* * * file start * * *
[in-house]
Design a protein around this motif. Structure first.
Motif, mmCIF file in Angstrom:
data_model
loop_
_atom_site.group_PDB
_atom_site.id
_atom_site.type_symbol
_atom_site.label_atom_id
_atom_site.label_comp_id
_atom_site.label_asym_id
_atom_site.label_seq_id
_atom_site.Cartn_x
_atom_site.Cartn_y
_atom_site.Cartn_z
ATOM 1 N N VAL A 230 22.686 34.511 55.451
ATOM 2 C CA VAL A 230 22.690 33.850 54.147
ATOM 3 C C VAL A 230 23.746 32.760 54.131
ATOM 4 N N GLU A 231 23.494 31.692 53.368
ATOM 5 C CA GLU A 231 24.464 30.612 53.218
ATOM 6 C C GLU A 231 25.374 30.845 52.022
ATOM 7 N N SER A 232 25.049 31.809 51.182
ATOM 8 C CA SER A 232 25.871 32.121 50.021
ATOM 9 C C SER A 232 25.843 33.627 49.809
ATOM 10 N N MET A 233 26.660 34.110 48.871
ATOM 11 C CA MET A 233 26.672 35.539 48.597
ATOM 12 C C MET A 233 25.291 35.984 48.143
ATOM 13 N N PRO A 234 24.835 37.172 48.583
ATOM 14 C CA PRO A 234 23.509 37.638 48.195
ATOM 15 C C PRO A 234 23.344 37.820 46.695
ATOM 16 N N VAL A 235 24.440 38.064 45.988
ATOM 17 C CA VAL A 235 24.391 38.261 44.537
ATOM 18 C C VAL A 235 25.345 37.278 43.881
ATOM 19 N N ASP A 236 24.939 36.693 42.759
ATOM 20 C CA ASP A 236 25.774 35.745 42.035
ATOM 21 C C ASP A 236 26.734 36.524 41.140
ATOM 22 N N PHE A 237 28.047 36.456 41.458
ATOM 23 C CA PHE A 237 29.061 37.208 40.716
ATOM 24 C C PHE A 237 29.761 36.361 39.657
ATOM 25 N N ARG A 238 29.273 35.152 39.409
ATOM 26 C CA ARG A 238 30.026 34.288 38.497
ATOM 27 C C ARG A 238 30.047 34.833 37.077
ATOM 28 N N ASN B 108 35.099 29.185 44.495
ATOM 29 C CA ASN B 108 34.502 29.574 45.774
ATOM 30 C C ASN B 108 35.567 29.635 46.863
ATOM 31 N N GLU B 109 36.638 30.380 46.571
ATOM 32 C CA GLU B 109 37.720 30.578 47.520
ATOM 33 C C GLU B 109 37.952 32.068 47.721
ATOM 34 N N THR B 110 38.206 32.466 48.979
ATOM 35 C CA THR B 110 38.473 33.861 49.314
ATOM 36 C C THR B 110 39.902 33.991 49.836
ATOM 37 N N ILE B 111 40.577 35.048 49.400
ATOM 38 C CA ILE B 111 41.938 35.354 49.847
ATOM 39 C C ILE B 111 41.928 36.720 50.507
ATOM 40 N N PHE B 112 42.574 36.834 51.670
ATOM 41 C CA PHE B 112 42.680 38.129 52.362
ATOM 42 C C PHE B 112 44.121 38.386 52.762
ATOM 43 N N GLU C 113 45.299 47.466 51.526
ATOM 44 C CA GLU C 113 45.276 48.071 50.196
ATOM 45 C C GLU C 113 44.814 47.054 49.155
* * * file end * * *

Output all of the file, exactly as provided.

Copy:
[in-house]
Design a protein around this motif. Structure first.
Motif, mmCIF file in Angstrom:
data_model
loop_
_atom_site.group_PDB
_atom_site.id
_atom_site.type_symbol
_atom_site.label_atom_id
_atom_site.label_comp_id
_atom_site.label_asym_id
_atom_site.label_seq_id
_atom_site.Cartn_x
_atom_site.Cartn_y
_atom_site.Cartn_z
ATOM 1 N N VAL A 230 22.686 34.511 55.451
ATOM 2 C CA VAL A 230 22.690 33.850 54.147
ATOM 3 C C VAL A 230 23.746 32.760 54.131
ATOM 4 N N GLU A 231 23.494 31.692 53.368
ATOM 5 C CA GLU A 231 24.464 30.612 53.218
ATOM 6 C C GLU A 231 25.374 30.845 52.022
ATOM 7 N N SER A 232 25.049 31.809 51.182
ATOM 8 C CA SER A 232 25.871 32.121 50.021
ATOM 9 C C SER A 232 25.843 33.627 49.809
ATOM 10 N N MET A 233 26.660 34.110 48.871
ATOM 11 C CA MET A 233 26.672 35.539 48.597
ATOM 12 C C MET A 233 25.291 35.984 48.143
ATOM 13 N N PRO A 234 24.835 37.172 48.583
ATOM 14 C CA PRO A 234 23.509 37.638 48.195
ATOM 15 C C PRO A 234 23.344 37.820 46.695
ATOM 16 N N VAL A 235 24.440 38.064 45.988
ATOM 17 C CA VAL A 235 24.391 38.261 44.537
ATOM 18 C C VAL A 235 25.345 37.278 43.881
ATOM 19 N N ASP A 236 24.939 36.693 42.759
ATOM 20 C CA ASP A 236 25.774 35.745 42.035
ATOM 21 C C ASP A 236 26.734 36.524 41.140
ATOM 22 N N PHE A 237 28.047 36.456 41.458
ATOM 23 C CA PHE A 237 29.061 37.208 40.716
ATOM 24 C C PHE A 237 29.761 36.361 39.657
ATOM 25 N N ARG A 238 29.273 35.152 39.409
ATOM 26 C CA ARG A 238 30.026 34.288 38.497
ATOM 27 C C ARG A 238 30.047 34.833 37.077
ATOM 28 N N ASN B 108 35.099 29.185 44.495
ATOM 29 C CA ASN B 108 34.502 29.574 45.774
ATOM 30 C C ASN B 108 35.567 29.635 46.863
ATOM 31 N N GLU B 109 36.638 30.380 46.571
ATOM 32 C CA GLU B 109 37.720 30.578 47.520
ATOM 33 C C GLU B 109 37.952 32.068 47.721
ATOM 34 N N THR B 110 38.206 32.466 48.979
ATOM 35 C CA THR B 110 38.473 33.861 49.314
ATOM 36 C C THR B 110 39.902 33.991 49.836
ATOM 37 N N ILE B 111 40.577 35.048 49.400
ATOM 38 C CA ILE B 111 41.938 35.354 49.847
ATOM 39 C C ILE B 111 41.928 36.720 50.507
ATOM 40 N N PHE B 112 42.574 36.834 51.670
ATOM 41 C CA PHE B 112 42.680 38.129 52.362
ATOM 42 C C PHE B 112 44.121 38.386 52.762
ATOM 43 N N GLU C 113 45.299 47.466 51.526
ATOM 44 C CA GLU C 113 45.276 48.071 50.196
ATOM 45 C C GLU C 113 44.814 47.054 49.155